We all have our own time to make the big decisions in life. Some of us just slide right down the slippery slope of addiction to the cesspool of homelessness, hopelessness, financial ruin, disaster, tragedy. I honestly can’t stop counting my blessings with surprise, awe, and enormous gratitude that I have been so fortunate to join the sober sphere while my entire life is still intact, the damage to my health still repairable, my mental health stabilized. I have so much more living to do, so much more contribution and growth lies ahead for me. My greatest hope is that all those folks who are experiencing yet another “Day 1” can find their way to the WHY that inspires them to make it to the promised land. Sober Island really is the most beautiful stretch of land I have ever seen in all my years. It is filled with authenticity, acceptance, compassion, openness, self love, boundless energy, and a fountain of joy that never stops flowing. I truly hope your WHY will lead you here, I would love to hug you and congratulate you on the biggest and best decision you could possibly make. And if you are already here, let’s get together for a mocktail! I am really developing a nice collection of herbal infused delicious drinks sans alcohol. I am having a blast!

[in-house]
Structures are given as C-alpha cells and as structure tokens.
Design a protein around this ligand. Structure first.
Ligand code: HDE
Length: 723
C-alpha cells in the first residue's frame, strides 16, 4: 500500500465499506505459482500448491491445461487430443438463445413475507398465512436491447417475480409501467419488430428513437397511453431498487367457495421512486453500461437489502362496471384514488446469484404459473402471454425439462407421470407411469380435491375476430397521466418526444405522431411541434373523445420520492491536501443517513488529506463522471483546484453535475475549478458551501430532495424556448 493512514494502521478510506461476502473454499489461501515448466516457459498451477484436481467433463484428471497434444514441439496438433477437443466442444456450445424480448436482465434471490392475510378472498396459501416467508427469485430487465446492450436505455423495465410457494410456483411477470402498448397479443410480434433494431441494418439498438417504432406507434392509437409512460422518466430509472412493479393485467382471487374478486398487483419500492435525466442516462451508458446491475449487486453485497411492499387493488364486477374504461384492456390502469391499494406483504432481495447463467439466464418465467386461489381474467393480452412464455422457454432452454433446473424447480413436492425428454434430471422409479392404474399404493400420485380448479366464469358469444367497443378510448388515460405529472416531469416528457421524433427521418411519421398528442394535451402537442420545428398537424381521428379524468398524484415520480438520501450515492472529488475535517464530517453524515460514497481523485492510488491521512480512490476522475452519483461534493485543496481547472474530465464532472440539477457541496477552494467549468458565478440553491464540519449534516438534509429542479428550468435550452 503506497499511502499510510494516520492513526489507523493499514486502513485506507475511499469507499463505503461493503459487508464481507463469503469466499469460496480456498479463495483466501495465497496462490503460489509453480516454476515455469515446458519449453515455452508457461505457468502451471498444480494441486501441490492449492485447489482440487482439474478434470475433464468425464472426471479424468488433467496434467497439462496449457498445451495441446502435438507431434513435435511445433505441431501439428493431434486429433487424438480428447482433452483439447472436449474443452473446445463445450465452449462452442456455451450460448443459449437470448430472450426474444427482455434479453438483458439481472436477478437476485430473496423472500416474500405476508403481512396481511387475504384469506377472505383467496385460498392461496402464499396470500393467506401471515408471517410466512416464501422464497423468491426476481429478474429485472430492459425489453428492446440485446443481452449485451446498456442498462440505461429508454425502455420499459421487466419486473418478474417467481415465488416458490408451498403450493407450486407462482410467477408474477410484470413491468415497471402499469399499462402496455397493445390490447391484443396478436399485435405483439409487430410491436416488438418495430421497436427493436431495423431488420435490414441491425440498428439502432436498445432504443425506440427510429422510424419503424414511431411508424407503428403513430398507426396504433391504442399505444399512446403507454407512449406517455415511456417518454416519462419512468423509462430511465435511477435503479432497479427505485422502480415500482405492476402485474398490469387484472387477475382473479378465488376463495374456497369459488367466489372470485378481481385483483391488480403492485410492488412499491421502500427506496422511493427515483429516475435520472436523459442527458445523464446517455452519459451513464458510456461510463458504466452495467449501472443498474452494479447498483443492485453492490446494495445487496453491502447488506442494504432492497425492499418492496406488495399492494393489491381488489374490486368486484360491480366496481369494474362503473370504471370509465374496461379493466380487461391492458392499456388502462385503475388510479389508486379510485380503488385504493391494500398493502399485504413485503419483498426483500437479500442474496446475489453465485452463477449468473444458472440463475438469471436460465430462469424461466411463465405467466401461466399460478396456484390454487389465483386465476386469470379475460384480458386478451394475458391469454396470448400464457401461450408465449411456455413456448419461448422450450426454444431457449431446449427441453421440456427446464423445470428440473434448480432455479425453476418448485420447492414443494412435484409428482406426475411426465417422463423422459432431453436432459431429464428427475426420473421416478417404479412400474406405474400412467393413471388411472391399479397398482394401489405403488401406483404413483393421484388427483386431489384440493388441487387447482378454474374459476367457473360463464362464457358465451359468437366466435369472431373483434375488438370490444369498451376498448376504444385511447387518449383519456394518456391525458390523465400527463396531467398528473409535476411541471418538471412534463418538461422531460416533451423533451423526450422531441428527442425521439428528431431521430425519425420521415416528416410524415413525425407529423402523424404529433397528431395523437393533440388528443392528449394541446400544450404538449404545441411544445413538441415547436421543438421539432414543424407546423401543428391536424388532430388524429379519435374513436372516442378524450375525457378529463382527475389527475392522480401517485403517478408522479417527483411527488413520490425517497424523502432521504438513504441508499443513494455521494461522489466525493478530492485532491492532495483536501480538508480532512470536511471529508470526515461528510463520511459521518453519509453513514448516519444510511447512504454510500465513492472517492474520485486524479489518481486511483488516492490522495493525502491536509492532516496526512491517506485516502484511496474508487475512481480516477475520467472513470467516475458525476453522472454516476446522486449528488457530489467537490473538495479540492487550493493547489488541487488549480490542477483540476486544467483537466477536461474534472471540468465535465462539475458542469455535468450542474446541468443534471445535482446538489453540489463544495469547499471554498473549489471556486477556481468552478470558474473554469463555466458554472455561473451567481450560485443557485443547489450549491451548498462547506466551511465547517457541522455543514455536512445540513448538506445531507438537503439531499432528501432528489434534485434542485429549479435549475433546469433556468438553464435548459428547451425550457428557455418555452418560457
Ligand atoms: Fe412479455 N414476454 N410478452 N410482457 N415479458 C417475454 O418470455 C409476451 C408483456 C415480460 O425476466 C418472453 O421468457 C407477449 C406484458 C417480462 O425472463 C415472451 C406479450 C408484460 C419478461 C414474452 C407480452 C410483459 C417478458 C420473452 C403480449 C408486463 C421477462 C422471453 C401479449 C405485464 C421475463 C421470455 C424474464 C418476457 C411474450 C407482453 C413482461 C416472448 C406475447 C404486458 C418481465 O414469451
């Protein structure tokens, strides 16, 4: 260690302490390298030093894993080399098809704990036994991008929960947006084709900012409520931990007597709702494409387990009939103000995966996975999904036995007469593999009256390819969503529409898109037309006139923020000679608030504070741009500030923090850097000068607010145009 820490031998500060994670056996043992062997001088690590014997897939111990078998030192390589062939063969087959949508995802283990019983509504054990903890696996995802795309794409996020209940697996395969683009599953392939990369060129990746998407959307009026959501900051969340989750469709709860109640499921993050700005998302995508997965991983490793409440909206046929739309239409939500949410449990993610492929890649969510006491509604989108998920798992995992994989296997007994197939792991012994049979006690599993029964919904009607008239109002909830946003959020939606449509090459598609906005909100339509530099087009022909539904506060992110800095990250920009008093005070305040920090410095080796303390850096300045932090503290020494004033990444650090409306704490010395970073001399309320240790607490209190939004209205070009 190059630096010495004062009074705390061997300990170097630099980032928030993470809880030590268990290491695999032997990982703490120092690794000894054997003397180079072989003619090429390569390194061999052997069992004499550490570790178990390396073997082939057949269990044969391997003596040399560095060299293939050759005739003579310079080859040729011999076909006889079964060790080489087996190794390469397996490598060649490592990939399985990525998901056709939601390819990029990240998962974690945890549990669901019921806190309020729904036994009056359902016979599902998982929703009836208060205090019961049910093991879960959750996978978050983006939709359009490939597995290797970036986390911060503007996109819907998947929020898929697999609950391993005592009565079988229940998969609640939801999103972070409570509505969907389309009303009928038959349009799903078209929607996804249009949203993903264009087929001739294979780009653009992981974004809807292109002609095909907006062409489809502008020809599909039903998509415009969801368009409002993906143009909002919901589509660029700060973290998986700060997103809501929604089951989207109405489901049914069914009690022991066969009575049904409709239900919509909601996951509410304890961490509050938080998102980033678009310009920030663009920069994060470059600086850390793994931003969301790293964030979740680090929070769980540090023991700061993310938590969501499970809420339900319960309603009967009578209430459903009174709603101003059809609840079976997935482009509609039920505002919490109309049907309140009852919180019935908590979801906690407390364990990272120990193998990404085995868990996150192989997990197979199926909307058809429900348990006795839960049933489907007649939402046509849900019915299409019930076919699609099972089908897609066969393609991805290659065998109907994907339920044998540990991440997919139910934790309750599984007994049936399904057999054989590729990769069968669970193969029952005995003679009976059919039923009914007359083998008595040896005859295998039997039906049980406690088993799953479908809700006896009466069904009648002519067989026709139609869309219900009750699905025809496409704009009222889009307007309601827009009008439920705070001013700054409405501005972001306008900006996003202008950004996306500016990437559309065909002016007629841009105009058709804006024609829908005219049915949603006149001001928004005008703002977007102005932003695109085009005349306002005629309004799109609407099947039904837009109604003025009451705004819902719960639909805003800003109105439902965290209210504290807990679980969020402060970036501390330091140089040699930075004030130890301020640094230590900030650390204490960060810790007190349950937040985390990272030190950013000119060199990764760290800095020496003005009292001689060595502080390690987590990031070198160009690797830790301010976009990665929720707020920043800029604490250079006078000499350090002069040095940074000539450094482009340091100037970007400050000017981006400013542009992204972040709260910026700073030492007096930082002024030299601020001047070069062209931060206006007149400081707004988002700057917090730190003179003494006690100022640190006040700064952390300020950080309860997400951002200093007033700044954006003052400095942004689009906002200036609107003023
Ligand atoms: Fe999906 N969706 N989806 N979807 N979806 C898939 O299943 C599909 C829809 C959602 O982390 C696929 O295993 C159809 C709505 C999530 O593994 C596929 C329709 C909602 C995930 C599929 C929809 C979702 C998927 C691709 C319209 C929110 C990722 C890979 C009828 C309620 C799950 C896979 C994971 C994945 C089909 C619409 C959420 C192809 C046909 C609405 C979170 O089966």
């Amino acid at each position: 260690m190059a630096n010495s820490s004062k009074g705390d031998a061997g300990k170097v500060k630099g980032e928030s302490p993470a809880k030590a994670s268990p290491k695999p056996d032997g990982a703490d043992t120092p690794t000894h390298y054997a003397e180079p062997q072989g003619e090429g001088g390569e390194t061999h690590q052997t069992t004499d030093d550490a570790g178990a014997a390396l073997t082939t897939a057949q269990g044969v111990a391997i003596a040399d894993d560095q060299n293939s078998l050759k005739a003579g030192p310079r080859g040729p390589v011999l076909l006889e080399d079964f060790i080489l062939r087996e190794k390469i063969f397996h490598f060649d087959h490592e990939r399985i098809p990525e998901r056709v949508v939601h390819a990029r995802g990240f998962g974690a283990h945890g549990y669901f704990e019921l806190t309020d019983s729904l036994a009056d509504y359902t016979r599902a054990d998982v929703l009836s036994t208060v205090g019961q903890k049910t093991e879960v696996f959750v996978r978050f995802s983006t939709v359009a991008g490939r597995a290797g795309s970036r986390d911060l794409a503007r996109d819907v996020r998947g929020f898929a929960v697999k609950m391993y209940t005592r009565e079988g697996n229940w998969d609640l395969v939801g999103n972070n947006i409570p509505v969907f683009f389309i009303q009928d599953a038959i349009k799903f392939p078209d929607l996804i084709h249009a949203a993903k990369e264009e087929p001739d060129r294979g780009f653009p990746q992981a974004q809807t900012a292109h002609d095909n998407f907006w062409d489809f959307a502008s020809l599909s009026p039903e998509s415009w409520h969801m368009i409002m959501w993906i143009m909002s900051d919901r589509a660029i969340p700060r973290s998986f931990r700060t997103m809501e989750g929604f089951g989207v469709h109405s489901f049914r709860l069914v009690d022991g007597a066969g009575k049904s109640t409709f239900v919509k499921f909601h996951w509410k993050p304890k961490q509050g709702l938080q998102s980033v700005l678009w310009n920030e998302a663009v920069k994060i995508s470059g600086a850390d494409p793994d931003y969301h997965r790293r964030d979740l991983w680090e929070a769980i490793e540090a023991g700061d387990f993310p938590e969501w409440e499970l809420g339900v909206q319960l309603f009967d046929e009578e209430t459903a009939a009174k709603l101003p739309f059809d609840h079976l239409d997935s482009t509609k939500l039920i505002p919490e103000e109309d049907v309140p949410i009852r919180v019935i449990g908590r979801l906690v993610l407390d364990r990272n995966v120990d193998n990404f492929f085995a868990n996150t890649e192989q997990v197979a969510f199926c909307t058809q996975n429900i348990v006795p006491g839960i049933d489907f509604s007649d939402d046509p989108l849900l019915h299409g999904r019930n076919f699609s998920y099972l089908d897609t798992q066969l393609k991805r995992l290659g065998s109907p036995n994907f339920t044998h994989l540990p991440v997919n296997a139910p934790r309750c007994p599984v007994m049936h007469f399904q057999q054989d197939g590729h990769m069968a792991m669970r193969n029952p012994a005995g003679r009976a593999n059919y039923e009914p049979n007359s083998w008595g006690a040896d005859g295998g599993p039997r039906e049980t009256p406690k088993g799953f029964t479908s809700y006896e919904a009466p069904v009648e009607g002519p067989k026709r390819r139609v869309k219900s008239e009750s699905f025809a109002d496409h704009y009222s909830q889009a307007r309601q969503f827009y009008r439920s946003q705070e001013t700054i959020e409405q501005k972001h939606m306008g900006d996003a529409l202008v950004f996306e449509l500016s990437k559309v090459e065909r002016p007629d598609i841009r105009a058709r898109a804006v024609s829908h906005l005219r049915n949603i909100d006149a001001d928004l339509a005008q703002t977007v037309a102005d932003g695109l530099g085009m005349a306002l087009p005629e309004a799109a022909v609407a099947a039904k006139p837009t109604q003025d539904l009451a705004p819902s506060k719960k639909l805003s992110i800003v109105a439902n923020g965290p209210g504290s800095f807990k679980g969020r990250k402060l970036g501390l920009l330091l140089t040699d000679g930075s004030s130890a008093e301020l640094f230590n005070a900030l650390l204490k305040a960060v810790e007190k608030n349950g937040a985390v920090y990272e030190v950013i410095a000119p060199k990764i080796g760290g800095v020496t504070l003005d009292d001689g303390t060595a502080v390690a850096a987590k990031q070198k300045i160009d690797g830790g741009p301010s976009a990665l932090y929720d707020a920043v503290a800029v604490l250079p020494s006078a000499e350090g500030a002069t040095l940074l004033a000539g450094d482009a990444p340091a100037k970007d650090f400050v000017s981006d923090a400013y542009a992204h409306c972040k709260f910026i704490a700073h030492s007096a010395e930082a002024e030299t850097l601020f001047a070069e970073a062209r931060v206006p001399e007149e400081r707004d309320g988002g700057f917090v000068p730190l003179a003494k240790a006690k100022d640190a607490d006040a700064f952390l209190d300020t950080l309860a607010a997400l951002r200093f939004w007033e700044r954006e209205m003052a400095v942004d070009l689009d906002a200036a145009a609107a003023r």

Writers

Writing has been my greatest passion, the first love of my life, since age 4. Once I learned language, writing became my happy place. Writing is the source that allows me to show up in the world, it’s how I reach others, how I connect. Writing is my offering, my thank you to my Creator for this blessed life I have been given. When I am sad, I write about it in my journal. When I am angry, I express it in my writing. When I am fired up about something (often!), I write about it. When I am in full gratitude, I write about it. As a highly sensitive person, I feel things more deeply than most. When I hurt, it lands in my heart, taking away my breath, depleting me. I experience my emotions all the way to my core. When I am happy, the joy spills out of every cell in my body. My energy is tuned into the world’s energy, affected by everything. I have learned to protect my fragile heart, to be discerning, to set boundaries, to carefully choose the company I keep, to adhere to strict rules for myself about avoiding the immense negativity in the world. I do not partake or even observe voluntarily, violence, prejudice, harm to others-mine is a NO TV home. Writing is my mode of expression, my joy, my love, and my gift.